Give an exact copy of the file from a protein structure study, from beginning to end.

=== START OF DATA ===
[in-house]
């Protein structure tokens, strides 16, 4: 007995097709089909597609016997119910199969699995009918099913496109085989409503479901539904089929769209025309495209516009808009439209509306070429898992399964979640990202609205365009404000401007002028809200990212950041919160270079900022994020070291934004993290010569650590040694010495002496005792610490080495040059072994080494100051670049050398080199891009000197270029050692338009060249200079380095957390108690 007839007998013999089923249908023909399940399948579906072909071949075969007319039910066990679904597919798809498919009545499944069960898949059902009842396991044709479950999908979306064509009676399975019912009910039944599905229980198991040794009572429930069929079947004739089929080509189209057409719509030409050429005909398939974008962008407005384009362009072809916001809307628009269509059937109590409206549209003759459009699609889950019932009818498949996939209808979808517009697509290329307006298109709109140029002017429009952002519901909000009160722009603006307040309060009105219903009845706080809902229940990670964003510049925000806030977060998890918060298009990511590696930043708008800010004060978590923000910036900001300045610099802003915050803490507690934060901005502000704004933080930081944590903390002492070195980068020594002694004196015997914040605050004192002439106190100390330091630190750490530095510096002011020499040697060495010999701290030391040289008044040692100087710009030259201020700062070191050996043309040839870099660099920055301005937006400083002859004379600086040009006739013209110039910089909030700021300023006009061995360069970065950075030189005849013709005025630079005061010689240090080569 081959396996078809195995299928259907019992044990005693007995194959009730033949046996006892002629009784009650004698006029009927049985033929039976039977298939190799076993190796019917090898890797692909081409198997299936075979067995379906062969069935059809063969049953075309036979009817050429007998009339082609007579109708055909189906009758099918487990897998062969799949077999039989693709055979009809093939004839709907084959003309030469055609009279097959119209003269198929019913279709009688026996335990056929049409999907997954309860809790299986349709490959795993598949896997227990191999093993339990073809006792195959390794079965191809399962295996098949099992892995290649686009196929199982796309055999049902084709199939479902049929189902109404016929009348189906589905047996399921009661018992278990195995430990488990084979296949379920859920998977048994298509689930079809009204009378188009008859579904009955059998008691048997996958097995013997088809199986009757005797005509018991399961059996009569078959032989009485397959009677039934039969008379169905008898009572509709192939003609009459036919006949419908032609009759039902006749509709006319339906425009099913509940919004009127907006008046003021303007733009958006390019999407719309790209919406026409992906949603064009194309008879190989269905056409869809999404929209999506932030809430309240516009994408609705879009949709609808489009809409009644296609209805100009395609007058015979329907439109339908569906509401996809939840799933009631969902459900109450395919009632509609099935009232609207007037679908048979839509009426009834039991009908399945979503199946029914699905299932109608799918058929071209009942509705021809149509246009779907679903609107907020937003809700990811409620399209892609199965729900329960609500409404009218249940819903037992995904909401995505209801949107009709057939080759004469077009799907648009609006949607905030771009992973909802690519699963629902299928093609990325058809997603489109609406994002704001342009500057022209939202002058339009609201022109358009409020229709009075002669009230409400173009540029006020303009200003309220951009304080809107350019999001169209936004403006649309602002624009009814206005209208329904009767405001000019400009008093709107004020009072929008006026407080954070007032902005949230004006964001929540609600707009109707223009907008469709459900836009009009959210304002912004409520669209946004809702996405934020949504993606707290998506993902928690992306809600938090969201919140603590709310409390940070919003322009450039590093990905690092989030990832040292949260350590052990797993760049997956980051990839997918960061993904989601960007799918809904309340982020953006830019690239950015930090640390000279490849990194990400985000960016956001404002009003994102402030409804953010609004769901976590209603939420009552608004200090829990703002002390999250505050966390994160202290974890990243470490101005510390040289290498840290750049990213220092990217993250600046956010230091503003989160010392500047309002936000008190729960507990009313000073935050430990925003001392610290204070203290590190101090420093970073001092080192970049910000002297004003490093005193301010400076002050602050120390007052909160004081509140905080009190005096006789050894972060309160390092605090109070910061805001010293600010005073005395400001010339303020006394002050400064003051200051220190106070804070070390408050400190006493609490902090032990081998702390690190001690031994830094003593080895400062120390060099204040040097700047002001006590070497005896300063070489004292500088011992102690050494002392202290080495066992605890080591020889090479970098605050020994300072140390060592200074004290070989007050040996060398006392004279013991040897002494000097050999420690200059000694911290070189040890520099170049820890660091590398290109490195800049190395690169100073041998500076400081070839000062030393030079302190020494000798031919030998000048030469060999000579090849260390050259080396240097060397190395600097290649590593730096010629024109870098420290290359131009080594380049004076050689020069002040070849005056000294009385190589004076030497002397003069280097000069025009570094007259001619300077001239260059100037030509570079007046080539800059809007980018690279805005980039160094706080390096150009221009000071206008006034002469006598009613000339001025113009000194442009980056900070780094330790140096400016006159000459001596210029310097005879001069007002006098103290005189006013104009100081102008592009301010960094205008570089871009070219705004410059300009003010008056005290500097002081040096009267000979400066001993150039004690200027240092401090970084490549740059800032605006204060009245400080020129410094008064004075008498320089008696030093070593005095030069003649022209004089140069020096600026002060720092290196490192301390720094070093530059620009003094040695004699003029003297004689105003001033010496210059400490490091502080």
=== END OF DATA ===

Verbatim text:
[in-house]
């Protein structure tokens, strides 16, 4: 007995097709089909597609016997119910199969699995009918099913496109085989409503479901539904089929769209025309495209516009808009439209509306070429898992399964979640990202609205365009404000401007002028809200990212950041919160270079900022994020070291934004993290010569650590040694010495002496005792610490080495040059072994080494100051670049050398080199891009000197270029050692338009060249200079380095957390108690 007839007998013999089923249908023909399940399948579906072909071949075969007319039910066990679904597919798809498919009545499944069960898949059902009842396991044709479950999908979306064509009676399975019912009910039944599905229980198991040794009572429930069929079947004739089929080509189209057409719509030409050429005909398939974008962008407005384009362009072809916001809307628009269509059937109590409206549209003759459009699609889950019932009818498949996939209808979808517009697509290329307006298109709109140029002017429009952002519901909000009160722009603006307040309060009105219903009845706080809902229940990670964003510049925000806030977060998890918060298009990511590696930043708008800010004060978590923000910036900001300045610099802003915050803490507690934060901005502000704004933080930081944590903390002492070195980068020594002694004196015997914040605050004192002439106190100390330091630190750490530095510096002011020499040697060495010999701290030391040289008044040692100087710009030259201020700062070191050996043309040839870099660099920055301005937006400083002859004379600086040009006739013209110039910089909030700021300023006009061995360069970065950075030189005849013709005025630079005061010689240090080569 081959396996078809195995299928259907019992044990005693007995194959009730033949046996006892002629009784009650004698006029009927049985033929039976039977298939190799076993190796019917090898890797692909081409198997299936075979067995379906062969069935059809063969049953075309036979009817050429007998009339082609007579109708055909189906009758099918487990897998062969799949077999039989693709055979009809093939004839709907084959003309030469055609009279097959119209003269198929019913279709009688026996335990056929049409999907997954309860809790299986349709490959795993598949896997227990191999093993339990073809006792195959390794079965191809399962295996098949099992892995290649686009196929199982796309055999049902084709199939479902049929189902109404016929009348189906589905047996399921009661018992278990195995430990488990084979296949379920859920998977048994298509689930079809009204009378188009008859579904009955059998008691048997996958097995013997088809199986009757005797005509018991399961059996009569078959032989009485397959009677039934039969008379169905008898009572509709192939003609009459036919006949419908032609009759039902006749509709006319339906425009099913509940919004009127907006008046003021303007733009958006390019999407719309790209919406026409992906949603064009194309008879190989269905056409869809999404929209999506932030809430309240516009994408609705879009949709609808489009809409009644296609209805100009395609007058015979329907439109339908569906509401996809939840799933009631969902459900109450395919009632509609099935009232609207007037679908048979839509009426009834039991009908399945979503199946029914699905299932109608799918058929071209009942509705021809149509246009779907679903609107907020937003809700990811409620399209892609199965729900329960609500409404009218249940819903037992995904909401995505209801949107009709057939080759004469077009799907648009609006949607905030771009992973909802690519699963629902299928093609990325058809997603489109609406994002704001342009500057022209939202002058339009609201022109358009409020229709009075002669009230409400173009540029006020303009200003309220951009304080809107350019999001169209936004403006649309602002624009009814206005209208329904009767405001000019400009008093709107004020009072929008006026407080954070007032902005949230004006964001929540609600707009109707223009907008469709459900836009009009959210304002912004409520669209946004809702996405934020949504993606707290998506993902928690992306809600938090969201919140603590709310409390940070919003322009450039590093990905690092989030990832040292949260350590052990797993760049997956980051990839997918960061993904989601960007799918809904309340982020953006830019690239950015930090640390000279490849990194990400985000960016956001404002009003994102402030409804953010609004769901976590209603939420009552608004200090829990703002002390999250505050966390994160202290974890990243470490101005510390040289290498840290750049990213220092990217993250600046956010230091503003989160010392500047309002936000008190729960507990009313000073935050430990925003001392610290204070203290590190101090420093970073001092080192970049910000002297004003490093005193301010400076002050602050120390007052909160004081509140905080009190005096006789050894972060309160390092605090109070910061805001010293600010005073005395400001010339303020006394002050400064003051200051220190106070804070070390408050400190006493609490902090032990081998702390690190001690031994830094003593080895400062120390060099204040040097700047002001006590070497005896300063070489004292500088011992102690050494002392202290080495066992605890080591020889090479970098605050020994300072140390060592200074004290070989007050040996060398006392004279013991040897002494000097050999420690200059000694911290070189040890520099170049820890660091590398290109490195800049190395690169100073041998500076400081070839000062030393030079302190020494000798031919030998000048030469060999000579090849260390050259080396240097060397190395600097290649590593730096010629024109870098420290290359131009080594380049004076050689020069002040070849005056000294009385190589004076030497002397003069280097000069025009570094007259001619300077001239260059100037030509570079007046080539800059809007980018690279805005980039160094706080390096150009221009000071206008006034002469006598009613000339001025113009000194442009980056900070780094330790140096400016006159000459001596210029310097005879001069007002006098103290005189006013104009100081102008592009301010960094205008570089871009070219705004410059300009003010008056005290500097002081040096009267000979400066001993150039004690200027240092401090970084490549740059800032605006204060009245400080020129410094008064004075008498320089008696030093070593005095030069003649022209004089140069020096600026002060720092290196490192301390720094070093530059620009003094040695004699003029003297004689105003001033010496210059400490490091502080």